Length of stay: 1 day
Visited: September 2021
Aaron Provincial Park is located near Dryden in northwestern Ontario. It is situated on the shore of Thunder Lake, which was once a traditional hunting ground for Indigenous people and provided access to canoe routes that link with many surrounding lakes and rivers. Thunder Lake is also a remnant of the glaciers that shifted and melted to become a huge lake called Agassiz. After the water levels fell, hundreds of smaller lakes were left, including Thunder Lake. Today Aaron offers just under 100 campsites and has a range of water based activities, including swimming, fishing, canoeing and boating.
We arrived at Aaron in the late afternoon. After checking in at the Park Office, we drove to our campsite and set up our tents. Our site was located on a peninsula near the boat launch and provided nice views of the lake on either side.
After eating dinner, we walked down to the boat launch to watch the sun set.
Since it was a bit breezy and quite humid outside, we didn’t bother having a campfire. Once it got darker, we walked back to the boat launch to look up at the stars. Instead we saw intense lightning in the clouds and it looked like a big storm was coming in off the lake.
We booked it back to our campsite and decided to set up a tarp over all the tents. Just in case. Mid-way through it started to lightly rain. It took well over an hour to set up all the tarps, largely because we ran out of rope and had to get creative and reposition one of the tents. Plus it was dark. But the timing worked out well as less than 5 minutes of getting into our tent and snuggling into our sleeping bags for the night, the storm had officially arrived. There was lots of lightning and thunder and the wind picked up. It turns out that there were a few different storm systems that passed through overnight. I surprisingly slept through most of it. We don’t usually tarp our tent, but it provided some peace of mind that we would stay dry.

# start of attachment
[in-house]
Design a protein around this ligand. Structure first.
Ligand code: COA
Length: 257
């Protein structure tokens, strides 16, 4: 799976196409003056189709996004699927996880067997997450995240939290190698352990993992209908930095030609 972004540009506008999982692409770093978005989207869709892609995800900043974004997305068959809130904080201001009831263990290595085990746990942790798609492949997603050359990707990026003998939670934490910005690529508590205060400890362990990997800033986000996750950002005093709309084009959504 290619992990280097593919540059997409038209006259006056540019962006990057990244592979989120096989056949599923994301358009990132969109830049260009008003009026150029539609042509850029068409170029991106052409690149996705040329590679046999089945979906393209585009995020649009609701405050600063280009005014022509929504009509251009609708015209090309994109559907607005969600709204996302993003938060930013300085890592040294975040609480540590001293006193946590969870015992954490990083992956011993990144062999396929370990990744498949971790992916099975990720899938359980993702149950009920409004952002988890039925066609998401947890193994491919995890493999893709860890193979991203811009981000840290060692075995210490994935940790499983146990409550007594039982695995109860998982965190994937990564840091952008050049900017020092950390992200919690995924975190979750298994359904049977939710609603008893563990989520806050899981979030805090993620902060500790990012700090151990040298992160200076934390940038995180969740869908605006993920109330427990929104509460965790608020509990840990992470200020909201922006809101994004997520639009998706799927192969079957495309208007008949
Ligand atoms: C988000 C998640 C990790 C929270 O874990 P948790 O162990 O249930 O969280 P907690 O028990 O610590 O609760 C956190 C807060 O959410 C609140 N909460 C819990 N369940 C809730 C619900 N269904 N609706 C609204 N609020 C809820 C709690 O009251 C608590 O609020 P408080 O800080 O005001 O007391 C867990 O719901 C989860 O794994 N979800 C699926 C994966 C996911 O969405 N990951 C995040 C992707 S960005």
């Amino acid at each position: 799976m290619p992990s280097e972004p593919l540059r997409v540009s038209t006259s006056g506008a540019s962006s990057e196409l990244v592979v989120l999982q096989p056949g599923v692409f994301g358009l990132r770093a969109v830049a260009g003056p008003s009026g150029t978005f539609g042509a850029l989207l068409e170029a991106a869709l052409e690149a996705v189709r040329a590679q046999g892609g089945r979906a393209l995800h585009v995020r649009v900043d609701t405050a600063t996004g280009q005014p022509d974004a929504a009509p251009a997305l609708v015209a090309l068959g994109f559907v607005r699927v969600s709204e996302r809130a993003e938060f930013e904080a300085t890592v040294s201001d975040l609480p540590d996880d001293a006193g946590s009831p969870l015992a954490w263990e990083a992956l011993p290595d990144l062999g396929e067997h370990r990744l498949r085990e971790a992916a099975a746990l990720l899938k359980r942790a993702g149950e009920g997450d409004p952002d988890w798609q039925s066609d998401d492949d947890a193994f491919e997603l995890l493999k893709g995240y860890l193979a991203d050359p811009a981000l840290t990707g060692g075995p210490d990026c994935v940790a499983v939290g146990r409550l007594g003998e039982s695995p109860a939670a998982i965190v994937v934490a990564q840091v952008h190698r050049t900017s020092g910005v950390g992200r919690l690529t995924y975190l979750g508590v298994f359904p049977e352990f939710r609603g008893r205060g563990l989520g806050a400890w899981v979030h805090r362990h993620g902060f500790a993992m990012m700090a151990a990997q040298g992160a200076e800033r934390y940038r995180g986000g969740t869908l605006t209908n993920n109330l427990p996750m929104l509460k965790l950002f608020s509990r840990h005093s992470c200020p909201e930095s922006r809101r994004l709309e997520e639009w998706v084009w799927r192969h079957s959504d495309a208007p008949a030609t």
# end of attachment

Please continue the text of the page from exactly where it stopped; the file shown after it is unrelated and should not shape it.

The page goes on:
It was a little chilly the next morning, but the sun was shining. To warm-up, we hiked along the Eastern White Cedar Trail (1.2km loop, rated easy). The trailhead is located by site #34, which isn’t too far from our campsite, so we just walked there. The trail meanders through a dense forest of cedar and black spruce and follows along the shore of Thunder Lake.
The path was a bit dodgy in places and not well marked. There were also lots of small foot paths and places where the main trail branches off in different directions. So it turned into a bit of a choose your own adventure type of trail. Somehow we took a wrong turn and ended up in an open field, which looked like a dumping ground of old bins and fallen over trees. As we were walking out, we came across a sign that said that this was an open pit and to keep out. Maybe that sign should have also been placed along the trail as well to avoid confusion. The open pit led to the main road, which we followed back to our site.
After eating breakfast at the covered picnic area, we returned to our campsite to pack up. While there’s another trail in the park, we decided to skip it based on what the conditions were like on the first trail. We then hit the road again and continued driving east back towards Thunder Bay.
My progress on the Ontario Parks Challenge can be found here